Crypto
AES Dec 14 2007 10:44AM
Cristian Serban (scrissti gmail com) (3 replies)
Re: AES Dec 18 2007 10:15AM
Alexander Klimov (alserkli inbox ru) (1 replies)
Re: AES Dec 21 2007 08:32AM
Cristian Serban (scrissti gmail com) (2 replies)
Re: AES Dec 23 2007 09:50AM
Alexander Klimov (alserkli inbox ru)
Re: AES Dec 21 2007 05:11PM
Cosmin Stejerean (cstejerean gmail com) (1 replies)
Re: AES Dec 24 2007 02:21PM
donsmall3 cox net
Re: AES Dec 14 2007 11:29AM
Brad Hards (bradh frogmouth net) (1 replies)
Re: AES Dec 14 2007 01:49PM
Cristian Serban (scrissti gmail com) (1 replies)
RE: AES Dec 14 2007 02:52PM
Geoff Choo (geoff choo zonnet nl) (2 replies)
RE: AES Dec 14 2007 06:00PM
Zulfikar Ramzan (Zulfikar_Ramzan symantec com)
Re: AES Dec 14 2007 03:44PM
Cristian Serban (scrissti gmail com)
ok, about brute-forcing i thought it's like that
but i was hoping for something in the direction of "known plain text attack",
but if you say AES stands good against this, i won't go home and try
to reverse engineer the AES algorithm.

Cheers,

On Dec 14, 2007 4:52 PM, Geoff Choo <geoff.choo (at) zonnet (dot) nl [email concealed]> wrote:
> Cristian,
>
> From what I know of AES (http://www.cryptosystem.net/aes/), it should be
> able to withstand most practical cryptanalysis attacks when means that for
> the meantime, a brute force attack appears to be the most efficient key
> recovery attack on AES.
>
> However, even if you find a suitable crypto brute force tool, I hope you
> understand what it means to brute force a key at least 128 bits long.
> Keylength.com gives a good indication how long certain key lengths will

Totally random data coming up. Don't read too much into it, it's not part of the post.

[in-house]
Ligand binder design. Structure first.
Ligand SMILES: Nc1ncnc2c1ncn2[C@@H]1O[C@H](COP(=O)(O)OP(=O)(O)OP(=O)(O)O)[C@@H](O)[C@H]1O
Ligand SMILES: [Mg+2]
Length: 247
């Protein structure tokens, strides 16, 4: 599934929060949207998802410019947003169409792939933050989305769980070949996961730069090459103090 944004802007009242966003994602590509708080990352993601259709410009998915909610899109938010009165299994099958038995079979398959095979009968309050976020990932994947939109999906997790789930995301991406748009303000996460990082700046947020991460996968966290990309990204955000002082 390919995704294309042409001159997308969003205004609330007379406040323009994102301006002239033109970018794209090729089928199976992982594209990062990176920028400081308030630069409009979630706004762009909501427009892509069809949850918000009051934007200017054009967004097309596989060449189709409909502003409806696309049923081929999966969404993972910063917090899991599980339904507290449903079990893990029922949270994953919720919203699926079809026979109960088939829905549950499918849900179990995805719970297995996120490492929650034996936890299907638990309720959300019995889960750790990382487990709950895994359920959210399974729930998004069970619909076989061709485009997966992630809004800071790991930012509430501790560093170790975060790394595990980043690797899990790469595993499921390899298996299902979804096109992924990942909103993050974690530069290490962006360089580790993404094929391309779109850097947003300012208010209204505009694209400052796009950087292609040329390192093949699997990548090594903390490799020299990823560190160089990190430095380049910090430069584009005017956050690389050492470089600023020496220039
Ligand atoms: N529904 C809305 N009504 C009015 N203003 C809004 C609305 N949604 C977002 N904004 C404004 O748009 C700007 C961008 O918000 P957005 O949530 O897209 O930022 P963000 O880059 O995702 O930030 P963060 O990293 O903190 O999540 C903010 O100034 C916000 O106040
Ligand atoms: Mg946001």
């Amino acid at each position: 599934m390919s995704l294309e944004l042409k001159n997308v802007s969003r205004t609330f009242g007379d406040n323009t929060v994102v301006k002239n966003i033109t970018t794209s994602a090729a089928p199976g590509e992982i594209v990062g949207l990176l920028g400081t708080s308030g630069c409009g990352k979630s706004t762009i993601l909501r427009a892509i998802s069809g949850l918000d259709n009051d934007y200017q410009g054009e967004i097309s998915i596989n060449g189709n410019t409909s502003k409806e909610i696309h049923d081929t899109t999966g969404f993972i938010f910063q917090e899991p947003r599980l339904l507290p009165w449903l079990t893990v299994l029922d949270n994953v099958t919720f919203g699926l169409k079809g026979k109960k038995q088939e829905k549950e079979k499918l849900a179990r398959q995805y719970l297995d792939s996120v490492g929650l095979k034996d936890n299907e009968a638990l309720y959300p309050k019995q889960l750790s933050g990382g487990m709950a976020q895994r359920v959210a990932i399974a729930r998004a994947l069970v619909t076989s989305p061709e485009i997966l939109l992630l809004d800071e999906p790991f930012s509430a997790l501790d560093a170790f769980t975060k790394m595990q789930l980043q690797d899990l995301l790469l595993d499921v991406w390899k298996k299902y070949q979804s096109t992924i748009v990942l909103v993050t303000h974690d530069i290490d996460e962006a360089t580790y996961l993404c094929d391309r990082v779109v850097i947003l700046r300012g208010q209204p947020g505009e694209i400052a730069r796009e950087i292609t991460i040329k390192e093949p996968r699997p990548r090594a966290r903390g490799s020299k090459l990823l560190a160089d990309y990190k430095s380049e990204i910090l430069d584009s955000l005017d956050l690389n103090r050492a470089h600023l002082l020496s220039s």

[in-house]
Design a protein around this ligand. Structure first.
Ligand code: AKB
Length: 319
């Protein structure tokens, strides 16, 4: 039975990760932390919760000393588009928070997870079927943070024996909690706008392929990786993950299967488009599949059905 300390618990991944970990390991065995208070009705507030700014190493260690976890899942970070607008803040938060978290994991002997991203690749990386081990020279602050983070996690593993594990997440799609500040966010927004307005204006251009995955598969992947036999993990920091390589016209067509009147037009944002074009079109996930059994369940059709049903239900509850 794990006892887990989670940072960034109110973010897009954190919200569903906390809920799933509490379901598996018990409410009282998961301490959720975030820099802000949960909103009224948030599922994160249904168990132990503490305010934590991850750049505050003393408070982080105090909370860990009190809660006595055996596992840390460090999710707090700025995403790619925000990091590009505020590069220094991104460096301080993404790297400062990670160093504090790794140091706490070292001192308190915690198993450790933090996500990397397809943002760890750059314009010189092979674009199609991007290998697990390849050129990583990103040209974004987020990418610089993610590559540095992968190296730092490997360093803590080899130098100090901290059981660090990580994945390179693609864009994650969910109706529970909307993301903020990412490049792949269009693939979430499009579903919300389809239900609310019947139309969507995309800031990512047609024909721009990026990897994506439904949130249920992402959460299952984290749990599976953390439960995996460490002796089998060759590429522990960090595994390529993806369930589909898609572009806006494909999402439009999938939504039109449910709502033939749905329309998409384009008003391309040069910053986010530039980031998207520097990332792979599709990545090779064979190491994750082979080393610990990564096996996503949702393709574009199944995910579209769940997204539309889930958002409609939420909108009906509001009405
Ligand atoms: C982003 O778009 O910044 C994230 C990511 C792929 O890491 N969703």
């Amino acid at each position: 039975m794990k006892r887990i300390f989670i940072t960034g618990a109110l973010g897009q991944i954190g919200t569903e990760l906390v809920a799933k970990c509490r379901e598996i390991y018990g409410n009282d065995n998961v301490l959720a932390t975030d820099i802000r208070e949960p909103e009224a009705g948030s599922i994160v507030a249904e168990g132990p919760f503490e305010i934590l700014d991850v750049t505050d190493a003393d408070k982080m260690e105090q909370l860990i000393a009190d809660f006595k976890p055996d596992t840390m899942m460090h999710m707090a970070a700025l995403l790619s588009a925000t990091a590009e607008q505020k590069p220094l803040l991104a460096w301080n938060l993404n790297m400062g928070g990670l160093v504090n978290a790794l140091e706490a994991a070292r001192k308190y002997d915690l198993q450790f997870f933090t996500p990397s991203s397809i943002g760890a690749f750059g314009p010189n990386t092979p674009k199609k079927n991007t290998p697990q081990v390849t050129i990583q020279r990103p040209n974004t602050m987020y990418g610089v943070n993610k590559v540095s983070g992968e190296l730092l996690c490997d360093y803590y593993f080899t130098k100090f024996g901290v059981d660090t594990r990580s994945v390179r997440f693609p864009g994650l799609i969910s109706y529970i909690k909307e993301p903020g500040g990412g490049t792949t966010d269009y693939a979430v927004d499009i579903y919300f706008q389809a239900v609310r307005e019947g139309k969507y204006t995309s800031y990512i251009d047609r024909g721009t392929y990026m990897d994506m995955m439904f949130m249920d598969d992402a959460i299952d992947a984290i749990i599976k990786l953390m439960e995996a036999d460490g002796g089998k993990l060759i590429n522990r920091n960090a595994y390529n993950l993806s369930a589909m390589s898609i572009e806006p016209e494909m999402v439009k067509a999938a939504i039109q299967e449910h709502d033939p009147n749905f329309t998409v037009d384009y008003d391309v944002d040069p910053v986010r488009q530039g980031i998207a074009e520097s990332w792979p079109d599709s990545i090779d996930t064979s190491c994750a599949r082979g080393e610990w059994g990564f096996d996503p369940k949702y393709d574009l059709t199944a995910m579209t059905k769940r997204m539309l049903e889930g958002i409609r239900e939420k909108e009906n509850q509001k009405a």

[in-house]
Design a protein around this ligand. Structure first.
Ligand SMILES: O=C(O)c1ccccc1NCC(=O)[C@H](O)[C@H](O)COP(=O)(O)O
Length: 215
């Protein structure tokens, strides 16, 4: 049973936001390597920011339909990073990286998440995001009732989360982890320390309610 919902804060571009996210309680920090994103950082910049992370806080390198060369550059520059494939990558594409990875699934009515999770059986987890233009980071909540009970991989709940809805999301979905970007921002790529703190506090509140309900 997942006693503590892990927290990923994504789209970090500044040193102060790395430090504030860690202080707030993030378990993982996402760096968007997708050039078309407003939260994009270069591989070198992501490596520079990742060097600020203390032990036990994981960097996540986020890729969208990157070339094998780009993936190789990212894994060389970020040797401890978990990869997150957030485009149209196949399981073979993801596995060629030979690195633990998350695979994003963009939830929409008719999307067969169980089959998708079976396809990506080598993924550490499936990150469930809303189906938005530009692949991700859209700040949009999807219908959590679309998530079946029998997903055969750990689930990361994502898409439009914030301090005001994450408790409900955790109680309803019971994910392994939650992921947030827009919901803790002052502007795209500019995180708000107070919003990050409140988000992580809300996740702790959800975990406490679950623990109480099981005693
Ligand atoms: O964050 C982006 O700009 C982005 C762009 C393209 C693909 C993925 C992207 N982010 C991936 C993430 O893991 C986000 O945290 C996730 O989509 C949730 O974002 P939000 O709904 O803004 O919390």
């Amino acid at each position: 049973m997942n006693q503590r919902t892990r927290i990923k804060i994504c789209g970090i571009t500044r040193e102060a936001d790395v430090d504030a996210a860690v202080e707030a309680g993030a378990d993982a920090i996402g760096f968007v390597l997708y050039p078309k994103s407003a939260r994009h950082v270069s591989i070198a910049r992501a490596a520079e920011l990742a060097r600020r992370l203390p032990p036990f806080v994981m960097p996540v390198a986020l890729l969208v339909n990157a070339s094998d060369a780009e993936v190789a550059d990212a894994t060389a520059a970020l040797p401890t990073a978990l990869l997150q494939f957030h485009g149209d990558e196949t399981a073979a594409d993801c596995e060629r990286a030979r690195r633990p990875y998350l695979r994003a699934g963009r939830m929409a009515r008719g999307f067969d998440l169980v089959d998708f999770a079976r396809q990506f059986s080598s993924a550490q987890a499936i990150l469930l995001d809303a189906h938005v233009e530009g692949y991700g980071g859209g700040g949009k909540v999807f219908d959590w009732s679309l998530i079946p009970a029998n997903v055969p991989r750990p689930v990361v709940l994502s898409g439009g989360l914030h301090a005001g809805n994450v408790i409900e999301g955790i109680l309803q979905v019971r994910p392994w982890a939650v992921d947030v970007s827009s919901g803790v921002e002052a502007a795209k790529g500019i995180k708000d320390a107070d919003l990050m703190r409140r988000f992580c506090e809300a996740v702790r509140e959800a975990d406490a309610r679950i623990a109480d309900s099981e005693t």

> afford protection. E.g. according to NIST, a 128 bit AES key should be
> sufficiently secure against mathematical attacks beyond 2030. This means
> that depending on how much computing power you have, I think it's still
> going to take you anywhere from 20 to 40 years to brute force a 128 bit key.
>
>
> -----Original Message-----
> From: listbounce (at) securityfocus (dot) com [email concealed] [mailto:listbounce (at) securityfocus (dot) com [email concealed]] On
> Behalf Of Cristian Serban
> Sent: 14 December 2007 14:50
> Cc: crypto (at) securityfocus (dot) com [email concealed]
> Subject: Re: AES
>
> Thank you very much guys.
> I'll have to digg a little bit to get more familliar with this kind of
> attack.
>
> Cristian
> On Dec 14, 2007 1:29 PM, Brad Hards <bradh (at) frogmouth (dot) net [email concealed]> wrote:
> > On Friday 14 December 2007 09:44:49 pm Cristian Serban wrote:
> > > Hi guys and girls,
> > > I have a quick question, and i thought you might know.
> > > Do you know if it's possible to find the encryption key if i have a
> > > file both encrypted and unencrypted using AES?
> > This type of attack is known as "known plaintext attack".
> >
> > > Do you know any tool that does brute forcing on specified algorithms?
> > There are brute force attacks, but I'm not aware of anything that would be
> > significant against AES. See wikipedia for a bunch of references.
> >
> > For some algos, you might look at http://www.distributed.net/source/
> >
> > Brad
> >
> >
>
>
>
> --
> Cristian
>
>

--
Cristian

[ reply ]
R: AES Dec 14 2007 11:12AM
Marco Ceriani (marco ceriani shareunit it)


 

Privacy Statement
Copyright 2010, SecurityFocus